While original fears that the notorious end zone spot dubbed the "Black Hole" might get lost in the move, rumblings out of Las Vegas have shot that down.
How rowdy that section becomes after the move remains to be seen. Cisco Ortega, the vice president of the Black Hole group's headquarters and president of the Las Vegas chapter, told Mick Akers of the Las Vegas Review-Journal there are members of the organization littered throughout the new $2 billion stadium.
"I believe there's about eight (members in the south end zone)," Ortega said. "There will be other Black Hole members in the section over and different sections in the stadium. ... I know that area (end zone) is known as the Black Hole area, but the entire coliseum in Oakland we had Black Hole members throughout that whole stadium."
Badain noted that 40 percent of purchases of personal seat licenses for the 65,000-seat stadium came from outside the state of Nevada. Given Vegas' proximity to Los Angeles and the relatively short flight from Oakland, it's not a surprise that an intensely loyal fan base would travel to meet its team after the latest move.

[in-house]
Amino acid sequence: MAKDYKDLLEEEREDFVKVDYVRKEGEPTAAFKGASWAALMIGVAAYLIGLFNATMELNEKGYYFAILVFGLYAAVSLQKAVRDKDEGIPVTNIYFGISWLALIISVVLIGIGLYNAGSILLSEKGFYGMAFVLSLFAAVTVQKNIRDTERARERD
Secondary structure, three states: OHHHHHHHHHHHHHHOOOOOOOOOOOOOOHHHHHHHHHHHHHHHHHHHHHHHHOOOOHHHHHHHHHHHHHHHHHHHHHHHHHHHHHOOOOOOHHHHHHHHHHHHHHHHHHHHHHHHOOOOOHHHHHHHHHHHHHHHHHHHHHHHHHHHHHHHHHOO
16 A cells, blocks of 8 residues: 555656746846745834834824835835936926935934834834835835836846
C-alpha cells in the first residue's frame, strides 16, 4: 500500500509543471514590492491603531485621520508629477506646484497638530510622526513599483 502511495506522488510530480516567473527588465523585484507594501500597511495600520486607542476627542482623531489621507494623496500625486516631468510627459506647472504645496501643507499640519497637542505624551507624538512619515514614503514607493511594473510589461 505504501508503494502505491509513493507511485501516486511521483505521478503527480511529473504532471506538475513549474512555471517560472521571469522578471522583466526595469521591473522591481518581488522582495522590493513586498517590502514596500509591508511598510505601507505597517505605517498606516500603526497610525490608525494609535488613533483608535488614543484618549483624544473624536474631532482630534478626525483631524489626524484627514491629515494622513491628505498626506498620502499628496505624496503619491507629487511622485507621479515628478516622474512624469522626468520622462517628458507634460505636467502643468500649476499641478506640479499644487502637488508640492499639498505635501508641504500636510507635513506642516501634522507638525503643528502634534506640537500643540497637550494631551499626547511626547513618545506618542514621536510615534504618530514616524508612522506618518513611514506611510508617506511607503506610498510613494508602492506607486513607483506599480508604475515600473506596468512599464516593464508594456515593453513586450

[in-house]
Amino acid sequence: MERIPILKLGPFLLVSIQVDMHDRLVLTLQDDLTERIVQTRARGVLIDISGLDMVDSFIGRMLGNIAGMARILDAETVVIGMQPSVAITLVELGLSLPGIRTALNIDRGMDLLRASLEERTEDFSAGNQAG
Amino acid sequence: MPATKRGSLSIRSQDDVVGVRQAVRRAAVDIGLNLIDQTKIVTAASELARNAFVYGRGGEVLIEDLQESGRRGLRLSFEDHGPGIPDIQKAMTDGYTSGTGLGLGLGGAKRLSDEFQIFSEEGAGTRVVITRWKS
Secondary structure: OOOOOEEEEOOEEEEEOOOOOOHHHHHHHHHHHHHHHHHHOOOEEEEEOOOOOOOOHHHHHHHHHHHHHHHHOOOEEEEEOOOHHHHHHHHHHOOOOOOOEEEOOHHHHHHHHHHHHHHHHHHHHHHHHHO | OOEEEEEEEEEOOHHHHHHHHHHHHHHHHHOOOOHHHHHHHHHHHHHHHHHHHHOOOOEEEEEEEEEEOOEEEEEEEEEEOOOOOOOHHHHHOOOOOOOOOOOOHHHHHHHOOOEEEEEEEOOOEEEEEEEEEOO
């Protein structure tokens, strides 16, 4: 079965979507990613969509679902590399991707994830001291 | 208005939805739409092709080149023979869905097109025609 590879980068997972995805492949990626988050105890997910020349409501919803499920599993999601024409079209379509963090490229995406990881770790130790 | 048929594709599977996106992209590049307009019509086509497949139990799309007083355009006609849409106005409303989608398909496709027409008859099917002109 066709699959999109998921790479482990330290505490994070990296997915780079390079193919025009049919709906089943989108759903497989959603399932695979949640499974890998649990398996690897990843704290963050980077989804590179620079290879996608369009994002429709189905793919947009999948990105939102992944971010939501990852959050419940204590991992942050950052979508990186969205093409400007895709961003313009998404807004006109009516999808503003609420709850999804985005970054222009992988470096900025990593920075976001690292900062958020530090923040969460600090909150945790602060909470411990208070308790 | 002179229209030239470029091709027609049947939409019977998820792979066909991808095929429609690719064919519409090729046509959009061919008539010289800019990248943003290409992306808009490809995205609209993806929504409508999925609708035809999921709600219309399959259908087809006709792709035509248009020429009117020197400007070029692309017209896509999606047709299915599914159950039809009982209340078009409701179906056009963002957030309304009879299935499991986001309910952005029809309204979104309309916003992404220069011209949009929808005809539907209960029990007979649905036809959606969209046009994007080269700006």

The transferring of the Black Hole from Oakland to Vegas underscores devotion of a fan base that is second to none. Even as the long, slow divorce from Oakland played out, the fans in the stands never wavered, never shunned the franchise. Getting their hometown team whisked to the glitz and glamour of Vegas didn't seem to dent Raiders fans much at all. Their hearts just moved to Nevada.
"We'll be launching our Black Hole chapter (in Las Vegas) with an official chapter party," Ortega said of the planned Super Bowl launch. "We're already here, we have our office. ... We are more than just fun stuff. We make ourselves known in the community."